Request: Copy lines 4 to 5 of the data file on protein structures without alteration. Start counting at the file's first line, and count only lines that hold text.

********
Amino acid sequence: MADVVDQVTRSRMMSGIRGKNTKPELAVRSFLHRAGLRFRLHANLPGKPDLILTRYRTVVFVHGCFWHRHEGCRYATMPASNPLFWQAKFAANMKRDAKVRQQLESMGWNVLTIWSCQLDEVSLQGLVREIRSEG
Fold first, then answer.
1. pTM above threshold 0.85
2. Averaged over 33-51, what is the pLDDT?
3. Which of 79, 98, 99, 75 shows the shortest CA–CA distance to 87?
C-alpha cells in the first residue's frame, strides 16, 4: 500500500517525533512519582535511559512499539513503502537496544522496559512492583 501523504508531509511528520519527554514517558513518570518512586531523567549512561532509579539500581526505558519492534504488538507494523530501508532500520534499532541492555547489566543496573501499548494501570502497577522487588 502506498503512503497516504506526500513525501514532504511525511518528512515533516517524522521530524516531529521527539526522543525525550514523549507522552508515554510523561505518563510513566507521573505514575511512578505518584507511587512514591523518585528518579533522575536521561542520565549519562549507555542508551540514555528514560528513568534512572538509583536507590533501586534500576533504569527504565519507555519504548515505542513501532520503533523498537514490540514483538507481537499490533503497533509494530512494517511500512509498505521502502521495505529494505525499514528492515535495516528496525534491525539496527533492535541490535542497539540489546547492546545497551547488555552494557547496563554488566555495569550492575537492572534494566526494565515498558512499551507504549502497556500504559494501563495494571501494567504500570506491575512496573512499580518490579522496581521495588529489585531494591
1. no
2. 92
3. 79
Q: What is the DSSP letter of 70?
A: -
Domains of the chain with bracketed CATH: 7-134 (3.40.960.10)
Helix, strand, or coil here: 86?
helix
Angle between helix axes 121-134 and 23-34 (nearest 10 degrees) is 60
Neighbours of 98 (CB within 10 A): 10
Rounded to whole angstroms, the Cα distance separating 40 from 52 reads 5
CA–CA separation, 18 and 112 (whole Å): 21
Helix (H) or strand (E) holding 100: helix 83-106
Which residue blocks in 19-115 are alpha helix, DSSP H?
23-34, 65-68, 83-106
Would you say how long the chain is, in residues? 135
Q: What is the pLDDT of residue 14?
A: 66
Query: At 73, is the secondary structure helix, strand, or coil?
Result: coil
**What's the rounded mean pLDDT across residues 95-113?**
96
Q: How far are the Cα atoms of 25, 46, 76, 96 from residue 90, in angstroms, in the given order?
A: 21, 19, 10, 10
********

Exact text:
2. Averaged over 33-51, what is the pLDDT?
3. Which of 79, 98, 99, 75 shows the shortest CA–CA distance to 87?